Danish textile behemoth Kvadrat has a new showroom courtesy of long-standing collaborators Erwan and Ronan Bouroullec. The company had outgrown its previous address in a former warehouse in Copenhagen’s industrial harbor district, so the 18 staffers moved next door to a space twice the size at the end of a terrace. The French siblings’ task was to make the 8,500-square-foot space work as a showroom, a workplace for the marketing department, and a collections library.
As unlikely as it sounds, Brazilian architect Fernanda Marques has installed a swimming pool in the courtyard of a duplex apartment in São Paulo's uber-upscale residential neighbourhood of Villa Nova Conceição. The pool may be just one element of her design for the 477 sq m ground and lower ground floor flat in a 1990s block; but it's a crucial one. The 10m-long pool takes up 25 sq m of the outside area and is accessed via the stairway in the exterior garden or from the gym on the upper floor.
London is blessed with yet another sumptuous workplace, this one the debut offering of Maslow’s. In a six-storey Art Deco corner building in Fitzrovia, the fledgling brand has combined hotel-style hospitality with a clubby, domestic aesthetic and office facilities. Its founder, Guy Ivesha, eschews the terms coworking and flexible working.
Muck Rack makes it simple to find people, tweets, or articles that mention any name, keyword, company, hashtag etc. We've compiled this guide to help you make the most of your search.
Selecting a term
Start searching tweets, articles from media outlets, articles mentioned in tweets, journalists'
names, titles and bios with some suggested searches:
Companies or Topics (e.g. iPhone, Microsoft)
Phrases (e.g. "cloud computing") — use quotes to keep the terms together
Twitter handles (e.g. @username) — returns those who have mentioned or replied to
Names (e.g. "David Pogue")
Hashtags (e.g. #sxsw, #london2012)
Bio details (e.g. vegan, Olympics, father)
Muck Rack's Advanced Search allows for many boolean operators.
Find results that mention multiple specified terms, use AND or
+. For example, ensure each result contains both Elon Musk and Mark Zuckerberg by
searching Musk AND Zuckerberg or Musk + Zuckerberg.
Use the operators OR or , to broaden your search when you'd like either of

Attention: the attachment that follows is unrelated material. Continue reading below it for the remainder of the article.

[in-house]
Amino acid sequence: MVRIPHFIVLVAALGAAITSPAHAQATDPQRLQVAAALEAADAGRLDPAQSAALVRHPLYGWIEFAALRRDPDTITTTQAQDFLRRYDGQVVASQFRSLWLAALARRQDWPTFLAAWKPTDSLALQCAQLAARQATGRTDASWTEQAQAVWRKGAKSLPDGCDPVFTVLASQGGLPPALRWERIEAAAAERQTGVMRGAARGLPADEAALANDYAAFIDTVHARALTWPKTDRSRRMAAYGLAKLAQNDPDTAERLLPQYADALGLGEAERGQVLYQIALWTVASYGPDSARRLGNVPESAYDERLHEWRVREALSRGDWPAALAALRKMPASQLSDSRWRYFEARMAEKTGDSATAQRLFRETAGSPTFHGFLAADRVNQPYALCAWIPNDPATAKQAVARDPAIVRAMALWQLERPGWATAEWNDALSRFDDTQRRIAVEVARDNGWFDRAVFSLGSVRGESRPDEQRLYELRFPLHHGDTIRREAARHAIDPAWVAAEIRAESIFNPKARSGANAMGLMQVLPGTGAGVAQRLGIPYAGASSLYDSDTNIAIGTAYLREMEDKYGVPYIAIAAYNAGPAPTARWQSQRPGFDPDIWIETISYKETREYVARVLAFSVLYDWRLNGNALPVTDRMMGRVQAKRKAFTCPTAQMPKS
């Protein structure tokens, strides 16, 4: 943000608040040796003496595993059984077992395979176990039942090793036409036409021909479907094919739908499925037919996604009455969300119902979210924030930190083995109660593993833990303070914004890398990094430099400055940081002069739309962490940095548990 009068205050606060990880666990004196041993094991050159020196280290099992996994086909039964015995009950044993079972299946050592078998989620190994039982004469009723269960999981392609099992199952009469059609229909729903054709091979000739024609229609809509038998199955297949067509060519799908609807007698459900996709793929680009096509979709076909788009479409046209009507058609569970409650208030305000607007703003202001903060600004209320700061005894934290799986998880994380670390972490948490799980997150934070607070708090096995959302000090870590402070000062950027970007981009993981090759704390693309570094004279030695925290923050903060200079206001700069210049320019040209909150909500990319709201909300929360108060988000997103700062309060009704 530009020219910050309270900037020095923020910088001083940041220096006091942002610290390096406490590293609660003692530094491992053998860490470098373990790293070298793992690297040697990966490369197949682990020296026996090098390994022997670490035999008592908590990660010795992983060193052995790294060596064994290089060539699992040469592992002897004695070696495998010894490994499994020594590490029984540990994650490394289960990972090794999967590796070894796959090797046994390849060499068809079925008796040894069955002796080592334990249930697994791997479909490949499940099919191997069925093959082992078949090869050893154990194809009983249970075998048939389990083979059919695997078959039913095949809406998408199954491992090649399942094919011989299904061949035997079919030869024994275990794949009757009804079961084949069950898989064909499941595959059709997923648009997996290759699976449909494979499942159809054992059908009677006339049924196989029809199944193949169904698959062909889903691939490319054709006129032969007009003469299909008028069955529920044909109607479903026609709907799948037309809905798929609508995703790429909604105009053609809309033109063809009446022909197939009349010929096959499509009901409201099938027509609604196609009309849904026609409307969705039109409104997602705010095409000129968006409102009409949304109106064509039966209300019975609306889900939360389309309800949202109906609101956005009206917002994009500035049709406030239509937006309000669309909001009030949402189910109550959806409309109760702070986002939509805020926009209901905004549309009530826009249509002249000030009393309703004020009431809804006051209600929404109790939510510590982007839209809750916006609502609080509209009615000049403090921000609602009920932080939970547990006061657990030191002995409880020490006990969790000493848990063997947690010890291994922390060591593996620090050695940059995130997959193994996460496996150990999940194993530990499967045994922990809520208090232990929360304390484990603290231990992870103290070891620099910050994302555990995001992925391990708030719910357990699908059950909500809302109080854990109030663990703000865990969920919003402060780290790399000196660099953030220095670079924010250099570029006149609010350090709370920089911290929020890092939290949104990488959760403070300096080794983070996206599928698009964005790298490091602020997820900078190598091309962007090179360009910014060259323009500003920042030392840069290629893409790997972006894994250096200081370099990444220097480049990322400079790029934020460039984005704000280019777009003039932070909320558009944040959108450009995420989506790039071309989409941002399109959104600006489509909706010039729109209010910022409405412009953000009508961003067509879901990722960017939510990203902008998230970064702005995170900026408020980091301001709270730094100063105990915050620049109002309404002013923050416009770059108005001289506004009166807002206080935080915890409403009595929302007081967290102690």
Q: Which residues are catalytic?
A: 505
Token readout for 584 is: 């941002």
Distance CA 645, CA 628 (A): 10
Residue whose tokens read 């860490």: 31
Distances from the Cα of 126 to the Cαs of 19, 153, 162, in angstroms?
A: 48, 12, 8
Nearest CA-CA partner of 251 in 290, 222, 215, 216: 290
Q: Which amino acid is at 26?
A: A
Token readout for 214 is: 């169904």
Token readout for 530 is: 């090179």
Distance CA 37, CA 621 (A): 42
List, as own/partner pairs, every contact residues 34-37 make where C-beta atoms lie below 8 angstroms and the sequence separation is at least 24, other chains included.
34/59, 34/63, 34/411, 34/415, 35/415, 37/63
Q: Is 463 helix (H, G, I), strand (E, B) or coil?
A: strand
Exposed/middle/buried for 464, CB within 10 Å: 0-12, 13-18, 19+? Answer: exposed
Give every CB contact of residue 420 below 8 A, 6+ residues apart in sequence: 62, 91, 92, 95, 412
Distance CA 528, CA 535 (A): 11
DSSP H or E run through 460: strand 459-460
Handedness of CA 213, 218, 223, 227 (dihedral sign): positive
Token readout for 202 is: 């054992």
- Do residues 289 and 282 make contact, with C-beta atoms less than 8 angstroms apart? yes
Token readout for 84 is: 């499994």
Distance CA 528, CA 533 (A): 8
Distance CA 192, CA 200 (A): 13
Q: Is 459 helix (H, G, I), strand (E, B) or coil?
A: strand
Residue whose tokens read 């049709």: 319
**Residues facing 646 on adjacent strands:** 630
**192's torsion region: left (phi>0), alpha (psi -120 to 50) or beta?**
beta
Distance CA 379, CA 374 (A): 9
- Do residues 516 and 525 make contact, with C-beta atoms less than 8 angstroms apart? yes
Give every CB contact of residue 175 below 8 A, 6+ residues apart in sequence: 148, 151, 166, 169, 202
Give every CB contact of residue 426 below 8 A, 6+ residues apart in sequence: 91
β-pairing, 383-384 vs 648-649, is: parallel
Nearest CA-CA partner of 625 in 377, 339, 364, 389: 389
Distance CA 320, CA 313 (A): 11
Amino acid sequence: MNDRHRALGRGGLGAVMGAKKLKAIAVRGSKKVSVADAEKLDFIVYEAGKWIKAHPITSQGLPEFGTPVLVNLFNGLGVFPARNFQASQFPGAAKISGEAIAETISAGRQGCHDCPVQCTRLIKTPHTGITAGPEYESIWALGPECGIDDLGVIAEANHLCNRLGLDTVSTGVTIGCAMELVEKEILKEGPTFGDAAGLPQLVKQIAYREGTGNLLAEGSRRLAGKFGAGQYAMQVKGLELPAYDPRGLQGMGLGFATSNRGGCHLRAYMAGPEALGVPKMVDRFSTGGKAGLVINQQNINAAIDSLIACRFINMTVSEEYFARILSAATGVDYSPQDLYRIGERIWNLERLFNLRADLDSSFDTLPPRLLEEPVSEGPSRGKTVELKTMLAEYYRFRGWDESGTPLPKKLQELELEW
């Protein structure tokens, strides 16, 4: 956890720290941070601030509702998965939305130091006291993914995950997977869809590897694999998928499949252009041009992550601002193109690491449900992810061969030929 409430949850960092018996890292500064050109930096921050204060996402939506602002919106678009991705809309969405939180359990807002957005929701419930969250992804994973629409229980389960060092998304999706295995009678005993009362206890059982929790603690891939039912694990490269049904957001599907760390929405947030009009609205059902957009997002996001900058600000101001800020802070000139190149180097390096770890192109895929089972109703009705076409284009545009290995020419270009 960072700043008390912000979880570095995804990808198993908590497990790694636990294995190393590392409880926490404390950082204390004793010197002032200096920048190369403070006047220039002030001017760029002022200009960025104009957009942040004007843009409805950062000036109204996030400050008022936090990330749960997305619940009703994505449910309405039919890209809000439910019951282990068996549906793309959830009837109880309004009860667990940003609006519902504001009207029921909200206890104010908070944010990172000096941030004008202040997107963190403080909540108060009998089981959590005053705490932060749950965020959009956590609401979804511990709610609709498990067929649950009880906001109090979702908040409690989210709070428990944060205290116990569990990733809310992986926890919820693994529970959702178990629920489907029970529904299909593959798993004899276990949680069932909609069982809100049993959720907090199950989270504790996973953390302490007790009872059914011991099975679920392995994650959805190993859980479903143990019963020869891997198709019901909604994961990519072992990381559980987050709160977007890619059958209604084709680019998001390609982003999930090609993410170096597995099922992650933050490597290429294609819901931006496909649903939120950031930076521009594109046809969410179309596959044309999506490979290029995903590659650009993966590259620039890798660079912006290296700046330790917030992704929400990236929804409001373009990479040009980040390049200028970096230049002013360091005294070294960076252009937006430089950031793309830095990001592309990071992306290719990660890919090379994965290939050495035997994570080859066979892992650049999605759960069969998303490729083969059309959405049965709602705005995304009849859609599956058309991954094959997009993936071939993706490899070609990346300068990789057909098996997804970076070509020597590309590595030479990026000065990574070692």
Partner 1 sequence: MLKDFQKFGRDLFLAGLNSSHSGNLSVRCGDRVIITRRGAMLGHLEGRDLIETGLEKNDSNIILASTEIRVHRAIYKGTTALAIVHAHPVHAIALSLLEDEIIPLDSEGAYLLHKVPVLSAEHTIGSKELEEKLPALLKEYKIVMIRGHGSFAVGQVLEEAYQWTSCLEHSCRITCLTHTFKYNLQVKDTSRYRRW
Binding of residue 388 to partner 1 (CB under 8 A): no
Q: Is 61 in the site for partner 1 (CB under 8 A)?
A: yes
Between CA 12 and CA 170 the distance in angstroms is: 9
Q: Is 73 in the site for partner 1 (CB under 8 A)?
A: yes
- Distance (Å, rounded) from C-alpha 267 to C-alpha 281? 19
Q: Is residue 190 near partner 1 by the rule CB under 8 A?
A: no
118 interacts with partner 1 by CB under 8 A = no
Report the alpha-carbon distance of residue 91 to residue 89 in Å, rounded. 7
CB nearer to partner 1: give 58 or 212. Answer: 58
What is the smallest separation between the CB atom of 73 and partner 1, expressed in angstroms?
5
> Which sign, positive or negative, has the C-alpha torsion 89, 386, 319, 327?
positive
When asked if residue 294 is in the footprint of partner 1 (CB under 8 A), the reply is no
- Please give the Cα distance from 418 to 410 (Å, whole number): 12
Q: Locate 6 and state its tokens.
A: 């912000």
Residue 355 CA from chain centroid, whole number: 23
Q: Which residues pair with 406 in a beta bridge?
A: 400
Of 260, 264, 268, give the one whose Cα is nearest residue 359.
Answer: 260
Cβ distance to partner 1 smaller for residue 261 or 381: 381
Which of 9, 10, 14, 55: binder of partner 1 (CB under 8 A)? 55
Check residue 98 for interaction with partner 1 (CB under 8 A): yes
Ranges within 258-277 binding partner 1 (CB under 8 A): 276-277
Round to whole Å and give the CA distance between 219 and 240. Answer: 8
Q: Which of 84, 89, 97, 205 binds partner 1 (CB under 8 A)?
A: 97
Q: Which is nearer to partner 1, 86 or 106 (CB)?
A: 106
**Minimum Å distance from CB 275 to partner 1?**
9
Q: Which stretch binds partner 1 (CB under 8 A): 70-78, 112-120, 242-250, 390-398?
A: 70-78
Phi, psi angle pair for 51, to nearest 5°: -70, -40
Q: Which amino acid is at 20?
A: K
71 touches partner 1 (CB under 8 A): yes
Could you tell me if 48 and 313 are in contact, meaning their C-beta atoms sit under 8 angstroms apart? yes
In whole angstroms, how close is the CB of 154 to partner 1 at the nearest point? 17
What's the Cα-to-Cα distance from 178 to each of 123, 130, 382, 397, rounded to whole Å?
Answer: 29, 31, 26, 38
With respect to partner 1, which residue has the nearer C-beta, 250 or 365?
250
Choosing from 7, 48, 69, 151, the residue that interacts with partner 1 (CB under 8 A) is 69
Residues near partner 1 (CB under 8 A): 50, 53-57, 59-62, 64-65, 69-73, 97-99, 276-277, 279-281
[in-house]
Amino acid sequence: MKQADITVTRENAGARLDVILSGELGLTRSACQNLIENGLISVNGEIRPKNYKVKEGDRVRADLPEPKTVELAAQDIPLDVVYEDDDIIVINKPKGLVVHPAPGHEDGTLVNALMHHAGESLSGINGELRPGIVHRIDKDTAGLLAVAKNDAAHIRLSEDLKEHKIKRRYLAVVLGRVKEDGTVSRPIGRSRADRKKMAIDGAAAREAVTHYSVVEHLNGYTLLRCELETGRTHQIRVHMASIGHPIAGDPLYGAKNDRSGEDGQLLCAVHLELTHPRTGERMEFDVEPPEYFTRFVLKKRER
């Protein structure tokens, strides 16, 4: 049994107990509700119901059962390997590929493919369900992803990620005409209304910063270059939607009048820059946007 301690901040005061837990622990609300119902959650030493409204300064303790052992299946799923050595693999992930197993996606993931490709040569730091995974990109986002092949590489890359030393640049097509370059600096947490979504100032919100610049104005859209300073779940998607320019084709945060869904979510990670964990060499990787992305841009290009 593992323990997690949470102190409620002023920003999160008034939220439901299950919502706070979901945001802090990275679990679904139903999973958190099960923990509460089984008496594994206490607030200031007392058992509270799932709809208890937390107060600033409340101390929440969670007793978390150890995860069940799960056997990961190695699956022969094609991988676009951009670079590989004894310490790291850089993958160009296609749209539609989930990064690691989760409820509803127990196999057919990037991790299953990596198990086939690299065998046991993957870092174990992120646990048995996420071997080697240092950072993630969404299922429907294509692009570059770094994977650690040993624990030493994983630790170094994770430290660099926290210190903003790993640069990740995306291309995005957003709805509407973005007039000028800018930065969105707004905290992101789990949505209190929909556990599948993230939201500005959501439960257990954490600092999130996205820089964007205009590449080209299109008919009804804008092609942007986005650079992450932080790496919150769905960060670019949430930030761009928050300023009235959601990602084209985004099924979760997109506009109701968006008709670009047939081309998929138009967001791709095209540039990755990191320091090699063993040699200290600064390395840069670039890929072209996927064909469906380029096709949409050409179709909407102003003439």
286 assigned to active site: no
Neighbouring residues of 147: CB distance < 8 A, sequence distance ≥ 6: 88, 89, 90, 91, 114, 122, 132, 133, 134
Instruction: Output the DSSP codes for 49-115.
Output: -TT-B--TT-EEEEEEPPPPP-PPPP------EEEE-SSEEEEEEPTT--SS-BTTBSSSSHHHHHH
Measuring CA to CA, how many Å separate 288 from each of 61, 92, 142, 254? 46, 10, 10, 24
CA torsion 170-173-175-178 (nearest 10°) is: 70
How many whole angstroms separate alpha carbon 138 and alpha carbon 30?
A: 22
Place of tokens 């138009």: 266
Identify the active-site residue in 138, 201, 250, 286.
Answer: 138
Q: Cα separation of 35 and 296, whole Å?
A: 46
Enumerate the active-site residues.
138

multiple terms to appear in results. (This is the default behavior of our search when no operators
are used). For example, results will contain either cake or cookie by searching cake OR cookie or cake,cookie
Use NOT or - to subtract results from your search. For
example, searching Disney will yield results about the Walt Disney Company as well as Walt Disney
World Resort. To exclude mentions of Disney World, search for Disney -World or Disney
When using one of these operators with a phrase, enclose it in quotation marks. For example, you can
find results about smartphones excluding Apple's iPhone 4S by searching smartphone -"iPhone
Exact case matching or punctuation
If you're searching for a brand name or keyword that relies on specific punctuation marks or capitalization, you can
find results that match your exact query by adding matchcase: before the keyword you're searching for, like matchcase:E*TRADE .
Use parentheses to separate multiple
boolean phrases. For example, to find journalists talking about having fun in Disney World or
Disneyland, search for ("disney world" OR disneyland) AND fun.
An asterisk can be used to search for any variation of a root word truncated by the asterisk. For example, searching for admin* will return results for administrator, administration, administer, administered, etc.
A near operator is an AND operator where you can control the distance between the words. You can vary the distance the near operation uses by adding a forward slash and number (between 0-99) such as strawberries NEAR/10 "whipped cream", which means the strawberries must exist within 10 words of "whipped cream".